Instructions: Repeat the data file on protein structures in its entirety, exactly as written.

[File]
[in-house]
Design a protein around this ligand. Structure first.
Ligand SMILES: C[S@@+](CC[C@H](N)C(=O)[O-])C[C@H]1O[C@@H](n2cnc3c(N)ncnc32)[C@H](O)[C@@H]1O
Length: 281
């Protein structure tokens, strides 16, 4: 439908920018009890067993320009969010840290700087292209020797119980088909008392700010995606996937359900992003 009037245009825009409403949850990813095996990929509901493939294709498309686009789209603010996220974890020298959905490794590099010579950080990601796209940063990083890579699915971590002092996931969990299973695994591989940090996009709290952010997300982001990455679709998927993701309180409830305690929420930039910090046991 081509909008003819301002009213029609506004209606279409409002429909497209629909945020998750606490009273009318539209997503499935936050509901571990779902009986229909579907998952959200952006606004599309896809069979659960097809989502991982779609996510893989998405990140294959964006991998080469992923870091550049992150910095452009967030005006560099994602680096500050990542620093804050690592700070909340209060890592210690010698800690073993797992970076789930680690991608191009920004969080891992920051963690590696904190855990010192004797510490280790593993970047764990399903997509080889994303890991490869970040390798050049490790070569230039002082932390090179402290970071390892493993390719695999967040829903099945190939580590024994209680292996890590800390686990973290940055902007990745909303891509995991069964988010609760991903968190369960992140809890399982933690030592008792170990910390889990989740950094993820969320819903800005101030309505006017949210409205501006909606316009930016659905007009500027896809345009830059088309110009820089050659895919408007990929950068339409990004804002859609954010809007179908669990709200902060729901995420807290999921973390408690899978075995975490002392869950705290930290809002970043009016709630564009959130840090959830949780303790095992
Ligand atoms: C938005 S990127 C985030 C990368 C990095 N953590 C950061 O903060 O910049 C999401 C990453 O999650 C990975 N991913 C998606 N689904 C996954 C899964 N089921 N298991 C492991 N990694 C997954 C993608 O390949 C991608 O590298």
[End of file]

[in-house]
Design a protein around this ligand. Structure first.
Ligand SMILES: C[S@@+](CC[C@H](N)C(=O)[O-])C[C@H]1O[C@@H](n2cnc3c(N)ncnc32)[C@H](O)[C@@H]1O
Length: 281
């Protein structure tokens, strides 16, 4: 439908920018009890067993320009969010840290700087292209020797119980088909008392700010995606996937359900992003 009037245009825009409403949850990813095996990929509901493939294709498309686009789209603010996220974890020298959905490794590099010579950080990601796209940063990083890579699915971590002092996931969990299973695994591989940090996009709290952010997300982001990455679709998927993701309180409830305690929420930039910090046991 081509909008003819301002009213029609506004209606279409409002429909497209629909945020998750606490009273009318539209997503499935936050509901571990779902009986229909579907998952959200952006606004599309896809069979659960097809989502991982779609996510893989998405990140294959964006991998080469992923870091550049992150910095452009967030005006560099994602680096500050990542620093804050690592700070909340209060890592210690010698800690073993797992970076789930680690991608191009920004969080891992920051963690590696904190855990010192004797510490280790593993970047764990399903997509080889994303890991490869970040390798050049490790070569230039002082932390090179402290970071390892493993390719695999967040829903099945190939580590024994209680292996890590800390686990973290940055902007990745909303891509995991069964988010609760991903968190369960992140809890399982933690030592008792170990910390889990989740950094993820969320819903800005101030309505006017949210409205501006909606316009930016659905007009500027896809345009830059088309110009820089050659895919408007990929950068339409990004804002859609954010809007179908669990709200902060729901995420807290999921973390408690899978075995975490002392869950705290930290809002970043009016709630564009959130840090959830949780303790095992
Ligand atoms: C938005 S990127 C985030 C990368 C990095 N953590 C950061 O903060 O910049 C999401 C990453 O999650 C990975 N991913 C998606 N689904 C996954 C899964 N089921 N298991 C492991 N990694 C997954 C993608 O390949 C991608 O590298």